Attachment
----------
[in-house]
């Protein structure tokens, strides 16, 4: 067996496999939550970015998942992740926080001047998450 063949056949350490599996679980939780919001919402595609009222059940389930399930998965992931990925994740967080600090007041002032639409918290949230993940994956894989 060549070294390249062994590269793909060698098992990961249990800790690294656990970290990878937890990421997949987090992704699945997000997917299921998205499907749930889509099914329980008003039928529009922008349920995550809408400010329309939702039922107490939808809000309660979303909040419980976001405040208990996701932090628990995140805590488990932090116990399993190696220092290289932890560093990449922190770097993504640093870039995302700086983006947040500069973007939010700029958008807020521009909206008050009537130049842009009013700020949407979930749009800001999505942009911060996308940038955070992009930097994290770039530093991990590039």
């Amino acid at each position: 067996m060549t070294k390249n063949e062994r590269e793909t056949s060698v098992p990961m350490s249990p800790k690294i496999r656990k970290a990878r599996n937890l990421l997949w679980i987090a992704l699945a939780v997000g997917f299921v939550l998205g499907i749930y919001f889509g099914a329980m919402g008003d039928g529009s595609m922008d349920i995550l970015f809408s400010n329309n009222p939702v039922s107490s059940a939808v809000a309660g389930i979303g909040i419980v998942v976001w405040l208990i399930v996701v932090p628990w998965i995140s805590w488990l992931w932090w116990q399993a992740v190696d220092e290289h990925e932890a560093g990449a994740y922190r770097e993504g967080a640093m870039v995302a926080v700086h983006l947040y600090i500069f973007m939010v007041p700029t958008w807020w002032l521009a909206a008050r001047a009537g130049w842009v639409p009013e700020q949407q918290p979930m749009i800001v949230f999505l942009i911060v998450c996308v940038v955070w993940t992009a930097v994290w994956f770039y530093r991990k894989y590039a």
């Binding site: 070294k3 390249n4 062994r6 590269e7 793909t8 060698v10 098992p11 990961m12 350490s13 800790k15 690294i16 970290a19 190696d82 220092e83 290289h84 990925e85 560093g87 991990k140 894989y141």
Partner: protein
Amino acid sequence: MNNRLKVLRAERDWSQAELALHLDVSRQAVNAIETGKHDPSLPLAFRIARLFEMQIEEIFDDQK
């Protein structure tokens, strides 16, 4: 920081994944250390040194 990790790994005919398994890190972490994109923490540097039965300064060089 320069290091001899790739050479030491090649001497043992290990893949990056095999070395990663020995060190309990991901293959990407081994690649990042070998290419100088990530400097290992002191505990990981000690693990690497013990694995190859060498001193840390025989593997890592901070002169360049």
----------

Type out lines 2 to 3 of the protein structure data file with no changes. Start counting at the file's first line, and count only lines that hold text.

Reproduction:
């Protein structure tokens, strides 16, 4: 067996496999939550970015998942992740926080001047998450 063949056949350490599996679980939780919001919402595609009222059940389930399930998965992931990925994740967080600090007041002032639409918290949230993940994956894989 060549070294390249062994590269793909060698098992990961249990800790690294656990970290990878937890990421997949987090992704699945997000997917299921998205499907749930889509099914329980008003039928529009922008349920995550809408400010329309939702039922107490939808809000309660979303909040419980976001405040208990996701932090628990995140805590488990932090116990399993190696220092290289932890560093990449922190770097993504640093870039995302700086983006947040500069973007939010700029958008807020521009909206008050009537130049842009009013700020949407979930749009800001999505942009911060996308940038955070992009930097994290770039530093991990590039």
């Amino acid at each position: 067996m060549t070294k390249n063949e062994r590269e793909t056949s060698v098992p990961m350490s249990p800790k690294i496999r656990k970290a990878r599996n937890l990421l997949w679980i987090a992704l699945a939780v997000g997917f299921v939550l998205g499907i749930y919001f889509g099914a329980m919402g008003d039928g529009s595609m922008d349920i995550l970015f809408s400010n329309n009222p939702v039922s107490s059940a939808v809000a309660g389930i979303g909040i419980v998942v976001w405040l208990i399930v996701v932090p628990w998965i995140s805590w488990l992931w932090w116990q399993a992740v190696d220092e290289h990925e932890a560093g990449a994740y922190r770097e993504g967080a640093m870039v995302a926080v700086h983006l947040y600090i500069f973007m939010v007041p700029t958008w807020w002032l521009a909206a008050r001047a009537g130049w842009v639409p009013e700020q949407q918290p979930m749009i800001v949230f999505l942009i911060v998450c996308v940038v955070w993940t992009a930097v994290w994956f770039y530093r991990k894989y590039a």